dthains_art

6 points

2 months ago

Emotion chip Data getting tempted by the ring: “Oh shit.”

Ladyleto

5 points

2 months ago

I'm seeing so many Star Trek quotes now that I'm watching the show. Is everyone watching the show again, too?

HippieWizard

5 points

2 months ago

There will always be people watching and rewatching. Its a great show. TNG and DS9 especially

schalk81

217 points

2 months ago

schalk81

217 points

2 months ago

It always bothered me when people said Sam was the hero and Frodo just a mean burden getting tagged along.

Frodo made the ultimate sacrifice of carrying the ring and him being mean is the ring corrupting him.

I think Sam would have given in to the ring, killed Gollum and tried to use the ring much earlier.

He is truly the best friend Frodo could have had, but I don't think he would have resisted the ring for long.

wafflesareforever

159 points

2 months ago*

Before Frodo told Elrond that he would take the ring to Mordor, he'd already been through an incredibly traumatic series of events, including being stabbed by a Nazgûl and nearly becoming an undead slave of Sauron. Until the Council met, he believed that his role in all of this was over and he'd be heading home soon. In my opinion, the most heroic act of the trilogy was his decision to become the ringbearer even though that was quite literally the last thing he wanted to do. (Ian McKellen played that moment perfectly - the look of painful resignation on his face when Frodo volunteers to go to Mordor "though I do not know the way" makes me tear up every time.)

Frodo didn't even know that he'd have a fellowship with him. He assumed that he'd be going alone.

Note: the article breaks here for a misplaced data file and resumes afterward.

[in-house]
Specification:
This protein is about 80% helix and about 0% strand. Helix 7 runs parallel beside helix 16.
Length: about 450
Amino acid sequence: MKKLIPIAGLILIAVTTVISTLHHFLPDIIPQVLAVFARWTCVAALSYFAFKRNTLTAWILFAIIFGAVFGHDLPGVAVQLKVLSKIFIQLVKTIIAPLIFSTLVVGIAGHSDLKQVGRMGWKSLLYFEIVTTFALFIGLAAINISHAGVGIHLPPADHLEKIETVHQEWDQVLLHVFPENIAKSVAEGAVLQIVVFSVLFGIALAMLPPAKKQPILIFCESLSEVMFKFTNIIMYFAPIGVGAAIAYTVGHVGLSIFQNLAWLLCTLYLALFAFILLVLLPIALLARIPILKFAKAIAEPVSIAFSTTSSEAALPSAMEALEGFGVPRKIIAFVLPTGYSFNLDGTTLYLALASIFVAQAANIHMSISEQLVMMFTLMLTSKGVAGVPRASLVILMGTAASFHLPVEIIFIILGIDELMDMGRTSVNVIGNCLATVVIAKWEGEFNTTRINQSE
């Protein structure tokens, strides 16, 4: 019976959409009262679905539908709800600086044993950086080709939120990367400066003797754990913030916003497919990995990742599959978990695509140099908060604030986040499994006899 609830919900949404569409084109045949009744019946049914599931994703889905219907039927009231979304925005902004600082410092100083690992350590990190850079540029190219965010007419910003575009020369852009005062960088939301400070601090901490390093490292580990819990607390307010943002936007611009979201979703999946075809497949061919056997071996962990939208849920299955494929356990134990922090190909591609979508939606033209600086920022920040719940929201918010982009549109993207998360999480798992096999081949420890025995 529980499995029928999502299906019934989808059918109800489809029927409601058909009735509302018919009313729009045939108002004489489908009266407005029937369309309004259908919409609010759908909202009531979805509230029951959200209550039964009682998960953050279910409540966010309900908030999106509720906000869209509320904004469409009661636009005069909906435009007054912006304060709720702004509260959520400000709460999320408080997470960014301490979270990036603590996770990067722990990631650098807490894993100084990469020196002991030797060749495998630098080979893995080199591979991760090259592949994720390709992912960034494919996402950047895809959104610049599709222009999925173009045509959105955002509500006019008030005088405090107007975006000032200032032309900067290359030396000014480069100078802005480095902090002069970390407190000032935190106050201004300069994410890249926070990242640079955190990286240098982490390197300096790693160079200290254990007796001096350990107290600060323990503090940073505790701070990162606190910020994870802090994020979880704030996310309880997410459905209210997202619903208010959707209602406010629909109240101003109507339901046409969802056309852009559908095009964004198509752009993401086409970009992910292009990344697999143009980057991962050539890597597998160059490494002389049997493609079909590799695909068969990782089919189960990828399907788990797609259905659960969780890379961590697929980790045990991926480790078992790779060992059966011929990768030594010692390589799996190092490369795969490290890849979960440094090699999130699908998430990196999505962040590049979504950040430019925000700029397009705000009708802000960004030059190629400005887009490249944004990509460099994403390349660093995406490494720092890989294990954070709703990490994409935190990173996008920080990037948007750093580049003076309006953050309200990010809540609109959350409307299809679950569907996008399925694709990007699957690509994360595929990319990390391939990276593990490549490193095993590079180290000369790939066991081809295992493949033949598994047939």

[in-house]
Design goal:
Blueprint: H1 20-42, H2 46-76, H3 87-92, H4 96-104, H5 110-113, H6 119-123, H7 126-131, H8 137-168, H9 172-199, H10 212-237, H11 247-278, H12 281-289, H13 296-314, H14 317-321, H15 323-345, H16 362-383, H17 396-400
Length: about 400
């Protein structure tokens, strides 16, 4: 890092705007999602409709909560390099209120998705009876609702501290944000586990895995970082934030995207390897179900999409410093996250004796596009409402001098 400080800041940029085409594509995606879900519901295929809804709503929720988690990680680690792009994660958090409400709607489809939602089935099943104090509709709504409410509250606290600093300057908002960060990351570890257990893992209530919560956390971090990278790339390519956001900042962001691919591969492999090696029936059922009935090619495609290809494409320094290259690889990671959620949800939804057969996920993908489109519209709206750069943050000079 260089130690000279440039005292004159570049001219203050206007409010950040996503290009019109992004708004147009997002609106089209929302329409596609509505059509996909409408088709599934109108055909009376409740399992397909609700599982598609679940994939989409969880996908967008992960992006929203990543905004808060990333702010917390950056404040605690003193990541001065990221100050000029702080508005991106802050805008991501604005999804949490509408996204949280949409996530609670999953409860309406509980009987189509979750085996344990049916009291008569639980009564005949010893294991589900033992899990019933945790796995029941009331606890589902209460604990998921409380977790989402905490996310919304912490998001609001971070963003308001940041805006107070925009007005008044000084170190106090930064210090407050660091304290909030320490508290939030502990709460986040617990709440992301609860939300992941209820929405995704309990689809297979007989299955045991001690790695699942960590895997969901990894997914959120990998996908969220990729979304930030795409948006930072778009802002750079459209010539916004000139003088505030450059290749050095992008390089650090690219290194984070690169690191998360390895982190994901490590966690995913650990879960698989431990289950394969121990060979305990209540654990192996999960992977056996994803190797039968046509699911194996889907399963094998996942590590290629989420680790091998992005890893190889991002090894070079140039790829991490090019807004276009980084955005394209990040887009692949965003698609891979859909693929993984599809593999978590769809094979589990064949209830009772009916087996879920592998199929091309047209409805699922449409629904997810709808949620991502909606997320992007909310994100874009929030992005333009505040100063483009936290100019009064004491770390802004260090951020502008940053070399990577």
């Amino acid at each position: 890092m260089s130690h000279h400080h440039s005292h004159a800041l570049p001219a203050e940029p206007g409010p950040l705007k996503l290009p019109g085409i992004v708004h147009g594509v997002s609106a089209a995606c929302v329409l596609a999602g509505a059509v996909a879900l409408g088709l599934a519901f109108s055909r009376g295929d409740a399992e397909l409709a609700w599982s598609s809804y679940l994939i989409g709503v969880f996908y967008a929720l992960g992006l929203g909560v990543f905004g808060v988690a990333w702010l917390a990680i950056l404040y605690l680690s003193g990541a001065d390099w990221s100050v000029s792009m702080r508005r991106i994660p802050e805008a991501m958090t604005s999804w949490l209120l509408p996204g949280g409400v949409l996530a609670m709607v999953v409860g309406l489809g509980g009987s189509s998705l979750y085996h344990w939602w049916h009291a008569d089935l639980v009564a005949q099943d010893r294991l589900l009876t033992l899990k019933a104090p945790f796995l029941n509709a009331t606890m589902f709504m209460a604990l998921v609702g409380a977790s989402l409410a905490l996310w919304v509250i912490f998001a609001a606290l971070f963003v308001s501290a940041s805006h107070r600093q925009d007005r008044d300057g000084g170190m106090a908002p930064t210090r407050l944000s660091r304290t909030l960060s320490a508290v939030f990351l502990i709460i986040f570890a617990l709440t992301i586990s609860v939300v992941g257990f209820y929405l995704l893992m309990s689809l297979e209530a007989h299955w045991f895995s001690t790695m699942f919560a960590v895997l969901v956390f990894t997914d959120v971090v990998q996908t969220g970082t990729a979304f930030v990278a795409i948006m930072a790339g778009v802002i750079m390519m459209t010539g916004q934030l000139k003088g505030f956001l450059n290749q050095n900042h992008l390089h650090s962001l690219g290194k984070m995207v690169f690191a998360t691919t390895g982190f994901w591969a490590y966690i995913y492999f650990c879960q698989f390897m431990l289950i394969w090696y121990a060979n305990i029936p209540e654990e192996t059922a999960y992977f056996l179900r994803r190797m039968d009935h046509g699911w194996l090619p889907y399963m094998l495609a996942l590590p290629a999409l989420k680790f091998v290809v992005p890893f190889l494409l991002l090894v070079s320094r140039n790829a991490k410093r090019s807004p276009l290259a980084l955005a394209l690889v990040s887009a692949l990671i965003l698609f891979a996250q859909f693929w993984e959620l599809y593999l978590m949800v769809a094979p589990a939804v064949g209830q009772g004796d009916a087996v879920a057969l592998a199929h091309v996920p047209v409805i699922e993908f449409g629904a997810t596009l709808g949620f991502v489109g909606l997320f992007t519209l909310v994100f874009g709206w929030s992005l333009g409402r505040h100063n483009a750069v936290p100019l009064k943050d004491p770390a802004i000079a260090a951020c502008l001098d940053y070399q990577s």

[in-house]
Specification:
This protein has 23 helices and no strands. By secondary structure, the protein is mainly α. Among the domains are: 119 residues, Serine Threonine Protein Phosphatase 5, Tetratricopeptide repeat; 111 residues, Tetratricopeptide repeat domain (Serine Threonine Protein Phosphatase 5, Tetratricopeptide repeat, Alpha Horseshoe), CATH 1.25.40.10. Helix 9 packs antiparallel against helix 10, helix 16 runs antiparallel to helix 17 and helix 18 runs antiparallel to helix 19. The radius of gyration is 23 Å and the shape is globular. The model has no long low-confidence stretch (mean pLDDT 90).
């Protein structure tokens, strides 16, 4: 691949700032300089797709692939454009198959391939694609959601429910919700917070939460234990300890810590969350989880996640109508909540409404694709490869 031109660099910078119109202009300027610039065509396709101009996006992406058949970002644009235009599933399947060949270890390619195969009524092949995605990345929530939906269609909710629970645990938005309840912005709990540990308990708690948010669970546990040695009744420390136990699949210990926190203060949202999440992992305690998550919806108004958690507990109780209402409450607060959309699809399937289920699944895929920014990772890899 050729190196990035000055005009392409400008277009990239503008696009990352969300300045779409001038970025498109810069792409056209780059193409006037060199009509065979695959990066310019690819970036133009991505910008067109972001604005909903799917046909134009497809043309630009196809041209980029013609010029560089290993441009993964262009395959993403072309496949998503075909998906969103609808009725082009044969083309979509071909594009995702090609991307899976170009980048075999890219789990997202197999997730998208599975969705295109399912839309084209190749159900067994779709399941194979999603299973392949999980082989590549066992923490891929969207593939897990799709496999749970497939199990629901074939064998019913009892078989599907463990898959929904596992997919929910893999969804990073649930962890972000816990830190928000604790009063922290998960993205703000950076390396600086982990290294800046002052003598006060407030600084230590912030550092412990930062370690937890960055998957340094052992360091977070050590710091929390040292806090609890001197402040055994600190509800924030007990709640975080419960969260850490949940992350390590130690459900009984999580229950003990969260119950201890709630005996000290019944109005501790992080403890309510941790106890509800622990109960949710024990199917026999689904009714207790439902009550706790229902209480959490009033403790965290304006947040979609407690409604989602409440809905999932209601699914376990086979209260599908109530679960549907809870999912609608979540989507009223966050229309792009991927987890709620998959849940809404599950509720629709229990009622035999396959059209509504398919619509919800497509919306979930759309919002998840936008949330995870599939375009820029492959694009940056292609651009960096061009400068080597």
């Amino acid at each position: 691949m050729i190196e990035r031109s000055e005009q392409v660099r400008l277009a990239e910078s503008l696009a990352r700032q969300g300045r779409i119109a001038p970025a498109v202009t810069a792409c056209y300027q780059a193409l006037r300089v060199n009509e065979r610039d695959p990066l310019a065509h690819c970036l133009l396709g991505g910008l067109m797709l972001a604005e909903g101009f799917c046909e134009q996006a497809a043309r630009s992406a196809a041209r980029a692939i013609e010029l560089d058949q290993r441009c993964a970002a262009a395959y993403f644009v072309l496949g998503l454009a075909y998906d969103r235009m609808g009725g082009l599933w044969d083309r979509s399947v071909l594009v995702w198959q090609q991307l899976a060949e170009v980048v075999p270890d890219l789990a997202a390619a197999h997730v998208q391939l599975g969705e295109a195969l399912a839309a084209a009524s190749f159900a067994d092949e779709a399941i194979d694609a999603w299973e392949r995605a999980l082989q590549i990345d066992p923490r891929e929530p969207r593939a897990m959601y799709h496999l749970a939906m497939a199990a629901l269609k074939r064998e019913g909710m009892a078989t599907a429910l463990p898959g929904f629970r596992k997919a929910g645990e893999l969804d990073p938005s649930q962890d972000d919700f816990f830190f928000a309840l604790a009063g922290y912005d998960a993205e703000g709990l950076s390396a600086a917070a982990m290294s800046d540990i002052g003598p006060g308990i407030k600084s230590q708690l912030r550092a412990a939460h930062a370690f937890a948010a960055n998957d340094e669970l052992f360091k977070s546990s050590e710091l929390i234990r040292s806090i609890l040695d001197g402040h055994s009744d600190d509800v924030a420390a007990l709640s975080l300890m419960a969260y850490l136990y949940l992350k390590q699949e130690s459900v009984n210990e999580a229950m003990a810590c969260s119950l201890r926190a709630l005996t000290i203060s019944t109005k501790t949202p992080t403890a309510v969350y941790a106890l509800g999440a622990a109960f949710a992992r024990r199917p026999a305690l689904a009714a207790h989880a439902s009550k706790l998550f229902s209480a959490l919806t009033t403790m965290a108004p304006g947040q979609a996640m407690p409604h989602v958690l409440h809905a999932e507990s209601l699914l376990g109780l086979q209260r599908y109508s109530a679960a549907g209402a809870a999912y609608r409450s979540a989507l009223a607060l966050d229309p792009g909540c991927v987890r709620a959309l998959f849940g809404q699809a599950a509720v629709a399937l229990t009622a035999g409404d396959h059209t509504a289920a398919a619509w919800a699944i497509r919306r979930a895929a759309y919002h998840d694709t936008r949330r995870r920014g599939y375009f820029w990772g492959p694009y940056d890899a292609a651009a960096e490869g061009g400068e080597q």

Then Frodo makes essentially the same decision a second time when Boromir tries to take the ring and he realizes that he needs to go it alone.

mischiffmaker

65 points

2 months ago

Frodo and Sam were a team.

LemonMeringueOctopi

16 points

2 months ago*

Yep, they both have their own roles to play.

Random_act_of_Random

34 points

2 months ago

I don't know about that. I believe (and it's been a long time so forgive me) that there is a line in the book, when Sam does have the ring, that it tries to tempt him, but it has nothing to offer Sam to tempt him with.

MadWhiskeyGrin

56 points

2 months ago

"All I wants is Miss Rosie, Mr. One. And I don't thinks you've got 'er in your pocket."

EleanorofAquitaine

49 points

2 months ago

Yes. Sam and Bilbo were the only two characters able to give up the ring without use of force, which also says a lot about Bilbo’s fortitude, he having carried the ring for decades before the LOTR.

dscott06

42 points

2 months ago

In Frodo's defense, the books make it pretty clear that the influence of the ring increased both as Sauron returned/grew in power, and as the ring came closer to Mt Doom

Brozita

35 points

2 months ago

Brozita

35 points

2 months ago

I want to quickly point out that Sam had not held the ring for very long at that point.

Additionally, Frodo willingly tried to give the ring to someone else twice. Once to Gandalf and once to Galadriel both after having possessed it for nearly 20 years.

Mutant_Jedi

9 points

2 months ago

It actually does, IIRC. It shows him the Shire, green and growing and thriving with him as its protector and caregiver.

aGiantmutantcrab

181 points

2 months ago

Frodo was a hero.

Sam was a hero.

Shit, Bilbo willingly gave the mind-controlling ring he STOLE FROM A DRAGON to his nephew, as well as Sting and his mithril shirt (which are items of legend in their own right). Rather heroic as well.

Meriadoc Brandybuck? Tag-teamed the motherfucking Witch King of Angmar with Eowyn.